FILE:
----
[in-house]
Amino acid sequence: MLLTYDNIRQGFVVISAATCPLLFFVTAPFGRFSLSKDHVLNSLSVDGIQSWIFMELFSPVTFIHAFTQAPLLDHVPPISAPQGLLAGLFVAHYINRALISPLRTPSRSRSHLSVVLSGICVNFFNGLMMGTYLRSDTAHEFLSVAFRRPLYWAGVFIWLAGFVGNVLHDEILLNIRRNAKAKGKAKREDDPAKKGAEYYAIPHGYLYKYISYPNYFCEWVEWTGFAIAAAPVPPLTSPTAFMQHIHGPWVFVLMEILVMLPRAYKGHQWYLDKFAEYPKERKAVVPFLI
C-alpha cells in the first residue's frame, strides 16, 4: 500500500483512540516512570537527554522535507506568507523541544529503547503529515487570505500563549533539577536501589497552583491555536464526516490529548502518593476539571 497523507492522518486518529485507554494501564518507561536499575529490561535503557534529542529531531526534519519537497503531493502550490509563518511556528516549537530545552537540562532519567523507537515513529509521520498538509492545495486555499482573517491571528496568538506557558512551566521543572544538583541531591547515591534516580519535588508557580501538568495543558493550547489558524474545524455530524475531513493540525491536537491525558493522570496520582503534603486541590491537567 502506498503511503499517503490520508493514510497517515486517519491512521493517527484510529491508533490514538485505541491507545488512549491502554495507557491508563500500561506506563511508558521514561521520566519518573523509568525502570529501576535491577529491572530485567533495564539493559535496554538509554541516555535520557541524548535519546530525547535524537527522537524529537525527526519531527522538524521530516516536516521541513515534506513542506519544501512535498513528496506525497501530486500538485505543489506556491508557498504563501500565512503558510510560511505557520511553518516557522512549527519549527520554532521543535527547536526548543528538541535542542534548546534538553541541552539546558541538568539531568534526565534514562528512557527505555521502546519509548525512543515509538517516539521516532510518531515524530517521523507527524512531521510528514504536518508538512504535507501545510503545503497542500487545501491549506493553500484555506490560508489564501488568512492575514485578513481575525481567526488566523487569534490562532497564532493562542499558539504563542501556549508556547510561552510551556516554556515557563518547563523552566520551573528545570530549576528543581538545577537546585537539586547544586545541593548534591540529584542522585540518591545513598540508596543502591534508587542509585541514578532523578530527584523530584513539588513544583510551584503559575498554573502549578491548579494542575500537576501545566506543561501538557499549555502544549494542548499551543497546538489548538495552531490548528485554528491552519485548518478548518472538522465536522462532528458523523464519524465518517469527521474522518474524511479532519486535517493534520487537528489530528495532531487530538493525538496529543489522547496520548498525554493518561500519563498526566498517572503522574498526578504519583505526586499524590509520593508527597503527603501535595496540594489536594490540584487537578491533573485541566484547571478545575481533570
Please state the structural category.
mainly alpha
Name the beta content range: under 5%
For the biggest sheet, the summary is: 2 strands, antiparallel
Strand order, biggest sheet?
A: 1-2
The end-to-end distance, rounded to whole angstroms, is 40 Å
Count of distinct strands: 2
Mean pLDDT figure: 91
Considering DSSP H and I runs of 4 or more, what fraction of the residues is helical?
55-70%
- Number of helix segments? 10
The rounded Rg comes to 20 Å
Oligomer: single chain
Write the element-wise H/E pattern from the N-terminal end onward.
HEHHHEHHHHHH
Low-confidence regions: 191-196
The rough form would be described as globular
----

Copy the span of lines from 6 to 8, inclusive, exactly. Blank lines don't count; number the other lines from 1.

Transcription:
Name the beta content range: under 5%
For the biggest sheet, the summary is: 2 strands, antiparallel
Strand order, biggest sheet?